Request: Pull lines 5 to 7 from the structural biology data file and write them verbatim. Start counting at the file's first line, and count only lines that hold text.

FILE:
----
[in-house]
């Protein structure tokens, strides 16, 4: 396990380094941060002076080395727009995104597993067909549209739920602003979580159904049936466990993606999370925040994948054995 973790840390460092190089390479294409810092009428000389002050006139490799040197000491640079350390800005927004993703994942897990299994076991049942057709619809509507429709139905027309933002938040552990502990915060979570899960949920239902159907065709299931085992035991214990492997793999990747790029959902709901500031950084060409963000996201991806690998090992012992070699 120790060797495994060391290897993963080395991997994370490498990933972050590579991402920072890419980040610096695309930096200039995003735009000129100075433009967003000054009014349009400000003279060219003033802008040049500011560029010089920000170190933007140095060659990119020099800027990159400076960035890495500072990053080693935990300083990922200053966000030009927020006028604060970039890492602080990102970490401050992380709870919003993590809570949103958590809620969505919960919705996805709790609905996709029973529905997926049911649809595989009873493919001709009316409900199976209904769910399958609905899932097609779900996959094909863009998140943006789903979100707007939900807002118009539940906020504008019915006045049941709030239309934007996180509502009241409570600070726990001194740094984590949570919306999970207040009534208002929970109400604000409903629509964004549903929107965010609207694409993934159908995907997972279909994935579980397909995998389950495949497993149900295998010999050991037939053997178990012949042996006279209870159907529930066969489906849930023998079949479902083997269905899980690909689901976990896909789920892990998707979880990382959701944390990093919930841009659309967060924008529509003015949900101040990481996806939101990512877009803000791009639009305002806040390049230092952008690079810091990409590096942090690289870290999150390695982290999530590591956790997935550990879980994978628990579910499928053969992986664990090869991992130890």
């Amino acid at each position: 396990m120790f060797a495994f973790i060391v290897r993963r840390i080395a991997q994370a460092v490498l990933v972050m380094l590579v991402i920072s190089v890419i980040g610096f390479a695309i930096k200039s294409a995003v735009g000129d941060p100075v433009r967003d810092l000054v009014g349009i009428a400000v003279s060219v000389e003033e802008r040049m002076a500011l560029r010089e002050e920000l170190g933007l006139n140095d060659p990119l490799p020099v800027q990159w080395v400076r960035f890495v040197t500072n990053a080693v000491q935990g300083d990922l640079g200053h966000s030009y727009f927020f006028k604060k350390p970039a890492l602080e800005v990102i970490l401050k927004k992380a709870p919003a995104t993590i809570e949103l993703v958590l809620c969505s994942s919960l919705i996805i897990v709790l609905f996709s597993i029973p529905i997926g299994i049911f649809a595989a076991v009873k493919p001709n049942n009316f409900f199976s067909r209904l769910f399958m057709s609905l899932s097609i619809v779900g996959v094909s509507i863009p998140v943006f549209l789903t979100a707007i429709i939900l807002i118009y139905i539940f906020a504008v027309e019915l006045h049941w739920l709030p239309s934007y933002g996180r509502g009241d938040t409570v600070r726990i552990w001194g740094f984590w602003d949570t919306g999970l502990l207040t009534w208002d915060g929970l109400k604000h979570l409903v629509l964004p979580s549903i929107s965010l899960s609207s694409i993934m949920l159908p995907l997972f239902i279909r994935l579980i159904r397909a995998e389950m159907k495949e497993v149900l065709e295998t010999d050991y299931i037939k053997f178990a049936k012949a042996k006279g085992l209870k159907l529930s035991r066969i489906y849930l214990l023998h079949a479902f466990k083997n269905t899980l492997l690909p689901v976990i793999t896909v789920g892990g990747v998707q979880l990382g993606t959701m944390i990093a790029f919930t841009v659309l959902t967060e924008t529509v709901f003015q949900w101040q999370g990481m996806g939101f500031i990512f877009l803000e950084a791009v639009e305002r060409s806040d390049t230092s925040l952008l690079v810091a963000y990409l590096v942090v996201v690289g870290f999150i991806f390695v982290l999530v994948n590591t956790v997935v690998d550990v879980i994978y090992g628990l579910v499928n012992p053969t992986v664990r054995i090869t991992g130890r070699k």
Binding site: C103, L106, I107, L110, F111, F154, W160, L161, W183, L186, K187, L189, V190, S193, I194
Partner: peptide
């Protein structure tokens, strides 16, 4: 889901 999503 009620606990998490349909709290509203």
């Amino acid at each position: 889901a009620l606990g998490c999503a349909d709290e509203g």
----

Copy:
Partner: peptide
């Protein structure tokens, strides 16, 4: 889901 999503 009620606990998490349909709290509203």
């Amino acid at each position: 889901a009620l606990g998490c999503a349909d709290e509203g």